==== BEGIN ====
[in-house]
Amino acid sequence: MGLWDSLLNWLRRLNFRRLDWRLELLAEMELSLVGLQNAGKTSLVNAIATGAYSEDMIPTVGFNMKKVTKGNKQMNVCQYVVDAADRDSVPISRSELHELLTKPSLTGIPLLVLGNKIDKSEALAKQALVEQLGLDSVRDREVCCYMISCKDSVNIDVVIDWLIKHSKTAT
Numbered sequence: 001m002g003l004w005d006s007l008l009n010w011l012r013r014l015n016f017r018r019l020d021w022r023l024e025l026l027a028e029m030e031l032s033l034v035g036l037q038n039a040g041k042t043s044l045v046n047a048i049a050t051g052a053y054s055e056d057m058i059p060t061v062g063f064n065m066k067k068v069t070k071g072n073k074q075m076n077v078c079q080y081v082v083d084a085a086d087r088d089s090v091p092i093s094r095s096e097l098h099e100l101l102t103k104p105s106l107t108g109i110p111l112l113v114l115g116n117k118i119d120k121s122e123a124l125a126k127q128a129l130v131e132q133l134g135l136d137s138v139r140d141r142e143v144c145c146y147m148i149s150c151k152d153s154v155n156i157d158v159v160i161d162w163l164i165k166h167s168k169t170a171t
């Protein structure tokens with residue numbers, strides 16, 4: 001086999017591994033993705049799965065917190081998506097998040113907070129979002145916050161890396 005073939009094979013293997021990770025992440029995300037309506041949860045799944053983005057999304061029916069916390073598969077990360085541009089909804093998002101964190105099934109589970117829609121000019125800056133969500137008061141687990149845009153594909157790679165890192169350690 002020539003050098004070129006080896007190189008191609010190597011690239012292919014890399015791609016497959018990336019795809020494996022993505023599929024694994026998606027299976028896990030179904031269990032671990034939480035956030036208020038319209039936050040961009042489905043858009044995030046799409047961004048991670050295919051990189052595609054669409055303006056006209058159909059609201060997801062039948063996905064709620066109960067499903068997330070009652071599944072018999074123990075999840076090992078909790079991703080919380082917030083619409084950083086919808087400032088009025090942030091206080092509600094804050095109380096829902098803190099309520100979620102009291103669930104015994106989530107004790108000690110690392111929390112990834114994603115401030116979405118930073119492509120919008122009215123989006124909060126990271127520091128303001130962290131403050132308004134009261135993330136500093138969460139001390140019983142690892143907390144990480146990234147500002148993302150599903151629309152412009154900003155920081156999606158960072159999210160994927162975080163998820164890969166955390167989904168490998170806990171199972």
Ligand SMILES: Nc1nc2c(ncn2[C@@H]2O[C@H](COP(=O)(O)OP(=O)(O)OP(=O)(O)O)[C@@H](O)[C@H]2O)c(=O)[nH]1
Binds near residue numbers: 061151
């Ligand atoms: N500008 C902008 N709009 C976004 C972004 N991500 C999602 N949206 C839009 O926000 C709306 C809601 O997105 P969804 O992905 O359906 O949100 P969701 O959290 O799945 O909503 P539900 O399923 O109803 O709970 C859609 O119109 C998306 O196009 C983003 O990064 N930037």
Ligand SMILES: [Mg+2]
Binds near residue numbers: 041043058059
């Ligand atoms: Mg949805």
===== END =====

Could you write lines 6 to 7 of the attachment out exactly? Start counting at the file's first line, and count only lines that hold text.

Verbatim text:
Binds near residue numbers: 061151
């Ligand atoms: N500008 C902008 N709009 C976004 C972004 N991500 C999602 N949206 C839009 O926000 C709306 C809601 O997105 P969804 O992905 O359906 O949100 P969701 O959290 O799945 O909503 P539900 O399923 O109803 O709970 C859609 O119109 C998306 O196009 C983003 O990064 N930037």